Taking on water: Mayor’s pledge to fix all Sandy-damaged homes by 2017 is sunk, victims say

April 26, 2016

He’s in over his head.

Mayor DeBlasio will not make his self-imposed deadline of fixing every home flooded by Hurricane Sandy by year’s end, according to residents of a hard-hit section of Sheepshead Bay where work has barely begun more than three years after the historic storm.

“I don’t think that’s going to happen,” said Cliff Bruckenstein, who lives on Webers Court and whose home is slated to go under construction next month. “I don’t think it’s feasible to be done in that short amount of time.”

The city is up against its tight end-of-the-year deadline to fix every home the hurricane damaged — a promise the mayor made last year after re-tooling the struggling and unpopular program in 2014.

“Last year, we were fixing Build it Back – and now we’re finishing it, committing to completing the program and getting families home by the end of next year,” Mayor Bill DeBlasio announced in 2015.

But the city has struggled to even start work in Sheepshead Bay’s “Courts” — below-street-level sections of tightly packed bungalow homes clustered near the Bay. Just one home out of dozens has been elevated as the October storm’s four-year anniversary approaches, because the Courts’ tight passageways — not even large enough for a car — make it tougher to do raise up homes, officials said.

“It’s very difficult to build in such tight spaces, especially elevations,” said agency spokesman Sam Breidbart.

The program aims to fix broken private sewers and elevate all homes on some blocks in one fell swoop, but first it must meet with residents in the fractured neighborhood to formulate a cohesive plan — something that has further delayed work there.

“Ideally, if every neighbor participated, we would actually replace the private sewer and elevate all the homes together, and that’s something we’re really trying to get to do,” Build It Back director Amy Peterson said. “We can do something that’s more collective and more community-based — more than a home here and there.”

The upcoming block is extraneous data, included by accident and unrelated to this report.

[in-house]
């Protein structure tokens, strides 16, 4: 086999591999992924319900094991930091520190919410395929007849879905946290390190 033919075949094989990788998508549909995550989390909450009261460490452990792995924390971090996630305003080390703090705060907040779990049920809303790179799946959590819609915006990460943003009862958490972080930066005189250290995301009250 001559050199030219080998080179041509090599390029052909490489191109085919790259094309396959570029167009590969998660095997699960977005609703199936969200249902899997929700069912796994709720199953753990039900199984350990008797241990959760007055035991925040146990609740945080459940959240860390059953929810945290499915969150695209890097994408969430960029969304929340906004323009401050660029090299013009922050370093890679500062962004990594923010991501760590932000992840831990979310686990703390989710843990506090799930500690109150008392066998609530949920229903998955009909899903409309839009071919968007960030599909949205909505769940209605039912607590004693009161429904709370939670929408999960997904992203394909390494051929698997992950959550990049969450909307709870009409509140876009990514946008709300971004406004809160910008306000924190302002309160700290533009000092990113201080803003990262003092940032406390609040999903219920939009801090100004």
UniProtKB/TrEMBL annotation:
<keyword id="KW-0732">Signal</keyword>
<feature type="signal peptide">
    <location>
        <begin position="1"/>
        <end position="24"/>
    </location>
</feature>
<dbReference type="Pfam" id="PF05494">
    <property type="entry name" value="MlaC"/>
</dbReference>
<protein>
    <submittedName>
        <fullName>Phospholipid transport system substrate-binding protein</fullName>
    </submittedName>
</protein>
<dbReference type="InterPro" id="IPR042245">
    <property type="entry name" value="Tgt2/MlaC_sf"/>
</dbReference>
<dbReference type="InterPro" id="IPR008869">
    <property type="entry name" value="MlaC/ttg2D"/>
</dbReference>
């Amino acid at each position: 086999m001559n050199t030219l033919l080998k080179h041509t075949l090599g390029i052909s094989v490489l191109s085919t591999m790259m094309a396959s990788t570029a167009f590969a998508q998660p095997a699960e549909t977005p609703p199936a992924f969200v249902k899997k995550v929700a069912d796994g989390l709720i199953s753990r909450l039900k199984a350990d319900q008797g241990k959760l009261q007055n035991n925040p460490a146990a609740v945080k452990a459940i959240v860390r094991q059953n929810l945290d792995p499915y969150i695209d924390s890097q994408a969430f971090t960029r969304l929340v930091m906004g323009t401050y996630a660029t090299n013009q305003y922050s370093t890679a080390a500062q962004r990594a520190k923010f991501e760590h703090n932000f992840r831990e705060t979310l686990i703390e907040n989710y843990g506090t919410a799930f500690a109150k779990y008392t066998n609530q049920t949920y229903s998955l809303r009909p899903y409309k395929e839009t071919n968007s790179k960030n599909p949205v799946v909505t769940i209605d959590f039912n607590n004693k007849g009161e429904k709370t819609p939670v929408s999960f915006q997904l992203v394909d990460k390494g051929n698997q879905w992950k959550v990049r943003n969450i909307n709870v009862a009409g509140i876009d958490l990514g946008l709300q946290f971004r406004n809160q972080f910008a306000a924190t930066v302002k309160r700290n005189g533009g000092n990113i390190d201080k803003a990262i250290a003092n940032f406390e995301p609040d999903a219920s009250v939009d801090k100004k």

The last such community meeting was in September, and officials are planning another some time after May, leaving Build It Back just over six months to complete work if it immediately strikes a deal with residents. Elevations take three to six months to complete, according to Build It Back officials. Workers have raised just one home in the Courts so far, and the resident said that project took 11 months.

Read more here.

City’s troubled storm-recovery program gets taxpayer bail-out

Oct. 21, 2016

One week before the four-year anniversary of Hurricane Sandy, Mayor DeBlasio admitted he won’t make his own self-imposed deadline to fix all the homes the storm destroyed by the end of the year — and that the troubled Build it Back storm-recovery program needs taxpayers to bail it out to the tune of $500 million. Officials took much of the money from the city’s capital budget — which means New Yorkers will have to cough up more tax dollars to replenish municipal coffers if the city wants to finish the projects whose funding is now being used for Build It Back, one critical councilman said during an Oct. 20 hearing.

“That money that was shifted to fund resiliency projects did not come from thin air. It came from somewhere, and it does have an impact on an agency. It does have an impact on whatever project we are looking to complete,” said Councilman Mark Treyger (D–Coney Island), chairman of Council’s Committee on Resiliency and Recovery, during an Oct. 20 hearing.

The city is getting the money from two places — $150 million in federal funds set aside right after the storm, and $350 million from the city’s capital budget, which is funded by taxpayers and would otherwise pay for storm-resiliency improvements to city hospitals, fire stations, and the Department of Environmental Protection.

But officials claim that moving the money will somehow not affect the projects that the cash was supposed to pay for and pledge to first use the federal money before dipping into the dough meant for hospitals and fire houses.